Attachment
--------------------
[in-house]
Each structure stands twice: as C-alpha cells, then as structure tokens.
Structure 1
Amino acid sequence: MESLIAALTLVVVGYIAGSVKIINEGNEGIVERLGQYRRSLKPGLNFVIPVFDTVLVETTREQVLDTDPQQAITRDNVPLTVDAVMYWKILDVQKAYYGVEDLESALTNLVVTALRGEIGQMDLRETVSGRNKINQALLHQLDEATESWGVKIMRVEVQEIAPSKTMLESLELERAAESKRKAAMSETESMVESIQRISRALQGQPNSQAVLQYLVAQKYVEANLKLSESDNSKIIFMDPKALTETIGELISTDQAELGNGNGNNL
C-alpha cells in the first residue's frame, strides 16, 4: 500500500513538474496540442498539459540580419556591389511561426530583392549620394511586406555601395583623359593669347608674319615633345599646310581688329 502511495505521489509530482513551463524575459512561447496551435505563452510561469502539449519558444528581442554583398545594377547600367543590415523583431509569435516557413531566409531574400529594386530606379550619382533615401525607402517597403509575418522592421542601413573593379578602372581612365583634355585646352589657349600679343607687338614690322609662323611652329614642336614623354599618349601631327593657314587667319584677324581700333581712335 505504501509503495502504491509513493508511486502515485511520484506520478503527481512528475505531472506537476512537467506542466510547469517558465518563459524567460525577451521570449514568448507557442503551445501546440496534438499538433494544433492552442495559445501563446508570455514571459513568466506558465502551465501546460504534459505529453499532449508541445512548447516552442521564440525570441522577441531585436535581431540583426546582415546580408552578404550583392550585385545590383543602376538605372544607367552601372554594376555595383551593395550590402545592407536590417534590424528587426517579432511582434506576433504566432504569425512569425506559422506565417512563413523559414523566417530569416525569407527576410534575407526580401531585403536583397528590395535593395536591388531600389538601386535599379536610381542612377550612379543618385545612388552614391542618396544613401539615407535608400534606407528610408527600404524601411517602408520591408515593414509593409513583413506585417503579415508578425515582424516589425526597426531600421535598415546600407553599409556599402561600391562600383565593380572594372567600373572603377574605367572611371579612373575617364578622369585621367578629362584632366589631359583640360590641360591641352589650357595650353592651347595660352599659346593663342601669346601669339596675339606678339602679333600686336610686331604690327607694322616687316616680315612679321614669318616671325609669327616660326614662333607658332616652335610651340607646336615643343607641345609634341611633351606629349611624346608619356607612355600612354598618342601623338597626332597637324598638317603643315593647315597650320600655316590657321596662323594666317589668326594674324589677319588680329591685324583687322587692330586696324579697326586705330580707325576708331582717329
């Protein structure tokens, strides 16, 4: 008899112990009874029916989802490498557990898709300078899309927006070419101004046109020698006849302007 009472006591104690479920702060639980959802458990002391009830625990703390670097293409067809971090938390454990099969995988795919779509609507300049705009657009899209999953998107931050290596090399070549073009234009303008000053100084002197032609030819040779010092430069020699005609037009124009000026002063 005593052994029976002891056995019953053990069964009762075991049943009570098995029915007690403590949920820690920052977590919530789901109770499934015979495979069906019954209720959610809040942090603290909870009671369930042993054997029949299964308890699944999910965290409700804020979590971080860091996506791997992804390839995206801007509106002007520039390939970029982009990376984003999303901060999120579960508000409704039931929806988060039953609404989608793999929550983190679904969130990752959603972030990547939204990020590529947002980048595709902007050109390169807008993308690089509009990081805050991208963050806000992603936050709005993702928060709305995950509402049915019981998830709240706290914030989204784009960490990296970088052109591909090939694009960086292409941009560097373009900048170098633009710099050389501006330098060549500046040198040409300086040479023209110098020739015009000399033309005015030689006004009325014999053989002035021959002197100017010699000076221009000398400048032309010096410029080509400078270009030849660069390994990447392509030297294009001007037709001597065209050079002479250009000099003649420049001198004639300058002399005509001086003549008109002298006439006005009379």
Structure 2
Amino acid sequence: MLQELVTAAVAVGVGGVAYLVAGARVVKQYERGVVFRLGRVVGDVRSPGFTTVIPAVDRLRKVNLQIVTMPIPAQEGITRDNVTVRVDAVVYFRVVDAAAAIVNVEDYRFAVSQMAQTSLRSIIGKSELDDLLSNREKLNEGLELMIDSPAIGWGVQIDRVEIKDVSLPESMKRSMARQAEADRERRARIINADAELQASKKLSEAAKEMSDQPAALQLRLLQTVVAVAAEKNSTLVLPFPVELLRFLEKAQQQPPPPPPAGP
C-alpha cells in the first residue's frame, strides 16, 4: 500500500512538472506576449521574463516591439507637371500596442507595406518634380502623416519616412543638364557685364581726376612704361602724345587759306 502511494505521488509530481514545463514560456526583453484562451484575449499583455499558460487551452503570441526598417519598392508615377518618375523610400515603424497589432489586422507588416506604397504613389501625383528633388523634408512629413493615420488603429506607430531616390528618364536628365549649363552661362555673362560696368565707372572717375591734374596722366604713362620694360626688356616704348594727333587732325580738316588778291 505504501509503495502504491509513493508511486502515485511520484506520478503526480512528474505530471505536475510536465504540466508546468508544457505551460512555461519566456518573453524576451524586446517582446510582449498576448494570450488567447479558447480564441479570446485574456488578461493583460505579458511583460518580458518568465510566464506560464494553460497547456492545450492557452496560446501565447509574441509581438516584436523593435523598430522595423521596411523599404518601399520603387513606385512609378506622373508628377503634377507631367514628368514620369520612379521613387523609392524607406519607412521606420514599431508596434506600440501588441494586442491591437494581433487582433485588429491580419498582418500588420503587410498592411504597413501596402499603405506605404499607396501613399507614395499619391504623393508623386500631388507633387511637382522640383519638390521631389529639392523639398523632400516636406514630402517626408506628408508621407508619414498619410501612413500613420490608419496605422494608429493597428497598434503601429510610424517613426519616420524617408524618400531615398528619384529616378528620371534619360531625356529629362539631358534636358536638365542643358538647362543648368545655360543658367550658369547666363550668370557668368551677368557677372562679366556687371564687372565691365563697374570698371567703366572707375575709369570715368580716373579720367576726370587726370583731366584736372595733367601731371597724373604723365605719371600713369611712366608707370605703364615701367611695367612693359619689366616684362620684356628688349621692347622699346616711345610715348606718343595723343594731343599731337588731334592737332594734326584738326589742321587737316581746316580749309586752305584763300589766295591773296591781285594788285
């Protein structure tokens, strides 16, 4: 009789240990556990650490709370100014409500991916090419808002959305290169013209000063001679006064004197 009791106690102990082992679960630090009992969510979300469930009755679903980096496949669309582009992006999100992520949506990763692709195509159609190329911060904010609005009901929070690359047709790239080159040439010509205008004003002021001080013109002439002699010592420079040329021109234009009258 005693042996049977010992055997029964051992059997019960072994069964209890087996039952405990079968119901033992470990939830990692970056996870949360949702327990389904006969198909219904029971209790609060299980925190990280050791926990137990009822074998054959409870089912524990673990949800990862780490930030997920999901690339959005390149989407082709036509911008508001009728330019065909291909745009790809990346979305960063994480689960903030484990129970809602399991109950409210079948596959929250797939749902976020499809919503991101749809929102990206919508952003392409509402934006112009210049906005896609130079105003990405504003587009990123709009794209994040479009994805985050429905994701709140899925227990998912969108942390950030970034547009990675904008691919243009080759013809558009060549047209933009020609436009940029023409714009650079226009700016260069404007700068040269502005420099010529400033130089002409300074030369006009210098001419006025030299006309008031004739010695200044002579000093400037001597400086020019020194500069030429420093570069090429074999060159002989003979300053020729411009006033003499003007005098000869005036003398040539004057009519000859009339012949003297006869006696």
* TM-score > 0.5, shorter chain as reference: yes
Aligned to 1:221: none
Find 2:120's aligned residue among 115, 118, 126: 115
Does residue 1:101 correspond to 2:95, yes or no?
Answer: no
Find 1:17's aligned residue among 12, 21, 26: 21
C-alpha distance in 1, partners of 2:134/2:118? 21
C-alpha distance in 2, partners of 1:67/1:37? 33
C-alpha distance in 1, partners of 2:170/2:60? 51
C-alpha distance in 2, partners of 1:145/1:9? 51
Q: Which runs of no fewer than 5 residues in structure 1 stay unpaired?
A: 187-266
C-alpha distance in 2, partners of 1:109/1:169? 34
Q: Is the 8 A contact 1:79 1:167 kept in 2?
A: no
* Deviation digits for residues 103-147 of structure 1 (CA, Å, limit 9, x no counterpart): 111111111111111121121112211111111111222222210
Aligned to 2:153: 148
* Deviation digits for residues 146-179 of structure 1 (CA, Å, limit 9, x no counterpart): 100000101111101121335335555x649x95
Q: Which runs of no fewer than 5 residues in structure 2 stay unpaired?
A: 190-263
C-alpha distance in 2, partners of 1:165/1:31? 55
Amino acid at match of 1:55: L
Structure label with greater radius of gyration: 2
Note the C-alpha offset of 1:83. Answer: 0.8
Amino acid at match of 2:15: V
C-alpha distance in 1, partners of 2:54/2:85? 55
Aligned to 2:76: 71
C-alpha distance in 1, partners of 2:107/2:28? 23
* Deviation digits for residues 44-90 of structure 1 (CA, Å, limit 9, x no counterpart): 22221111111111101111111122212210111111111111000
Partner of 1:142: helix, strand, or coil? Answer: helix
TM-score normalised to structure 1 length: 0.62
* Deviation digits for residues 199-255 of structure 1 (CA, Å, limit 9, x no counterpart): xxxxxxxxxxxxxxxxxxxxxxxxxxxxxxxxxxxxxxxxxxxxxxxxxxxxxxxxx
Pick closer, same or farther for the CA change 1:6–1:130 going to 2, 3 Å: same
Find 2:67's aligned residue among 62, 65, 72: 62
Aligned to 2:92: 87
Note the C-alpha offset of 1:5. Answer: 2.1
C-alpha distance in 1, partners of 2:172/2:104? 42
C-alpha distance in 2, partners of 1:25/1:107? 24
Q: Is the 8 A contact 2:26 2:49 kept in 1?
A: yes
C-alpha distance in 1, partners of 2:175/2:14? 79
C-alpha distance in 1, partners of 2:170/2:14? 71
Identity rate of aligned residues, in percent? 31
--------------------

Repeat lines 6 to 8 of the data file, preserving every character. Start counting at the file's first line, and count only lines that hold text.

């Protein structure tokens, strides 16, 4: 008899112990009874029916989802490498557990898709300078899309927006070419101004046109020698006849302007 009472006591104690479920702060639980959802458990002391009830625990703390670097293409067809971090938390454990099969995988795919779509609507300049705009657009899209999953998107931050290596090399070549073009234009303008000053100084002197032609030819040779010092430069020699005609037009124009000026002063 005593052994029976002891056995019953053990069964009762075991049943009570098995029915007690403590949920820690920052977590919530789901109770499934015979495979069906019954209720959610809040942090603290909870009671369930042993054997029949299964308890699944999910965290409700804020979590971080860091996506791997992804390839995206801007509106002007520039390939970029982009990376984003999303901060999120579960508000409704039931929806988060039953609404989608793999929550983190679904969130990752959603972030990547939204990020590529947002980048595709902007050109390169807008993308690089509009990081805050991208963050806000992603936050709005993702928060709305995950509402049915019981998830709240706290914030989204784009960490990296970088052109591909090939694009960086292409941009560097373009900048170098633009710099050389501006330098060549500046040198040409300086040479023209110098020739015009000399033309005015030689006004009325014999053989002035021959002197100017010699000076221009000398400048032309010096410029080509400078270009030849660069390994990447392509030297294009001007037709001597065209050079002479250009000099003649420049001198004639300058002399005509001086003549008109002298006439006005009379």
Structure 2
Amino acid sequence: MLQELVTAAVAVGVGGVAYLVAGARVVKQYERGVVFRLGRVVGDVRSPGFTTVIPAVDRLRKVNLQIVTMPIPAQEGITRDNVTVRVDAVVYFRVVDAAAAIVNVEDYRFAVSQMAQTSLRSIIGKSELDDLLSNREKLNEGLELMIDSPAIGWGVQIDRVEIKDVSLPESMKRSMARQAEADRERRARIINADAELQASKKLSEAAKEMSDQPAALQLRLLQTVVAVAAEKNSTLVLPFPVELLRFLEKAQQQPPPPPPAGP